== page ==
never really known the difference between any of those things, and call the lot of ‘em
mountain lions and hope no one presses me on it. The same thing with donkeys,
jackasses, burros , mules, et al. Eliphantes, though, you can figure that one out in spite
of the oddball spelling. In another place I’ve seen it quoted ‘olifants’ and I still knew
what he was getting at. David Ingram said he saw elephants in Texas.
I’ve read various speculation about this claim of his- that Ingram made it up
out of whole cloth, maybe to impress his ghostwriter, maybe because he’d forgotten
some stuff in the intervening twelve or so years and was trying to jazz it up. Or that
he’d been spinning his yarn in pubs around town and his story had gotten crazier with
each successive telling. Or that he was simply a liar, he didn’t walk any 3,000 miles, a
boat picked him up and took him to Nova Scotia and to hell with that guy anyway.
But…a couple of things. First of all, a lot of explorers have made wildly
extravagant claims about things they’ve seen on their travels, including Marco Polo,
but their basic credibility remains intact. But there’s still another way of thinking.
Texan author CF Echhardt talked about two monsters of native lore, the pasnuta of the
Osage people and the caranco of the Bidai, both of which were described by Indians old
enough to have seen them, as looking a lot like an elephant. Eckhardt wondered if
what Ingram saw, and what the Osage and Bidai people called pasnuta or carancro,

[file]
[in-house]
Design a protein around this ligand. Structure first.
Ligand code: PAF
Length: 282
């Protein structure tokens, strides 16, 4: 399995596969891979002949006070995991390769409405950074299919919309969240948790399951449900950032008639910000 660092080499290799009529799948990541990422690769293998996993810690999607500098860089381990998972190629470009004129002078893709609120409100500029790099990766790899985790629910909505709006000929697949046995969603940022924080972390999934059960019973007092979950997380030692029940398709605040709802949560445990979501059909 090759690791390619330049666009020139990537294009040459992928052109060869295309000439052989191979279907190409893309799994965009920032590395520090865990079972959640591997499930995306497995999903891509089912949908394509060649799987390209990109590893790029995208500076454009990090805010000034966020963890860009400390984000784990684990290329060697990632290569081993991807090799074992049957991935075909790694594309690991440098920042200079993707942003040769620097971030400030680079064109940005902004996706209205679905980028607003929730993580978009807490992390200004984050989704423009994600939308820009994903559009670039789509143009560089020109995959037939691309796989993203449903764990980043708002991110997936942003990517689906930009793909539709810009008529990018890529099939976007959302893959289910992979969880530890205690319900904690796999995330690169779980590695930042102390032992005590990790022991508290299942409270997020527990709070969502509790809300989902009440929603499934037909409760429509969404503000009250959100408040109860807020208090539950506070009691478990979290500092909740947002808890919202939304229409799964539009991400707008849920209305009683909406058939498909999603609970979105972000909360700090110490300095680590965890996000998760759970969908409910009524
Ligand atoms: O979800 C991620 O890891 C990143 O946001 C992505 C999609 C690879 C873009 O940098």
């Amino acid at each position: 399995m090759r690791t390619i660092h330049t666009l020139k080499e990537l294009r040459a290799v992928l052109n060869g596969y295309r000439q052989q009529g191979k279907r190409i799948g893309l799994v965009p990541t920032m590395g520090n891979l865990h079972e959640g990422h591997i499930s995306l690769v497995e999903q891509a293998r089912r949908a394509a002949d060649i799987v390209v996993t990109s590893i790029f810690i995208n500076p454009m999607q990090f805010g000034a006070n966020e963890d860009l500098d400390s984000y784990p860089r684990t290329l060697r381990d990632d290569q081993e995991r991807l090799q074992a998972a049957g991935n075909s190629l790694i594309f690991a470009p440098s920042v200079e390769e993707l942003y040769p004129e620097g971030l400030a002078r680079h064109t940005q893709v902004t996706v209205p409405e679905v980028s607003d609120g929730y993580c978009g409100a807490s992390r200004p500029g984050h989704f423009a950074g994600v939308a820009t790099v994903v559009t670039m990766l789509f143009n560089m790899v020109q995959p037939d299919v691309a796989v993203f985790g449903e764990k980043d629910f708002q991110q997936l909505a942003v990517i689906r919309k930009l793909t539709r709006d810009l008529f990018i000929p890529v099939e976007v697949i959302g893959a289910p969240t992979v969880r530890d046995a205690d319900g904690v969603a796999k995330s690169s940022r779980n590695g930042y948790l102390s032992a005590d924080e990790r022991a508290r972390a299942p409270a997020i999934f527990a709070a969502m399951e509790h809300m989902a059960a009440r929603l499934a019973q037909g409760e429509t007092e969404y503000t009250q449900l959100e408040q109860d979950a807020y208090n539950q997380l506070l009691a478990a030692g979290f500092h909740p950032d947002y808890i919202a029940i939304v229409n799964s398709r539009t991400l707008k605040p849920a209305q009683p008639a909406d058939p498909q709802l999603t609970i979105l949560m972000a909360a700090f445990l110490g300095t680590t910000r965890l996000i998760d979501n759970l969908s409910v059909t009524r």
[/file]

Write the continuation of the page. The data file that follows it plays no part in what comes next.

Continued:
might have been the last of the wooly mammoths. These creatures, Eckhardt stressed,
“have been called ‘mythical monsters’ only because white men never saw them (or at
least never saw them and lived to tell about it.) To the Indians neither pasnuta nor
carancro were mythical.” And after all, these ‘monsters’ hadn’t been gone all that long,
according to the natives, by the time Europeans started showing up en masse around
1600- they had existed in living memory, after all. “Did David Ingram, the first
English-speaking white man we know for sure walked in Texas, actually see a living
mammoth or mastodon- perhaps even more than one- here in Texas in the
mid-1500s?” Eckhardt pondered.

One more thing about those olifants. Ingram’s claim to have seen elephant-like
monsters in Texas was not the first mention made of such a thing. You know who else
said they’d seen elephants here? Those ancient Chinese travelers from the Shan Hai
Wheels within wheels.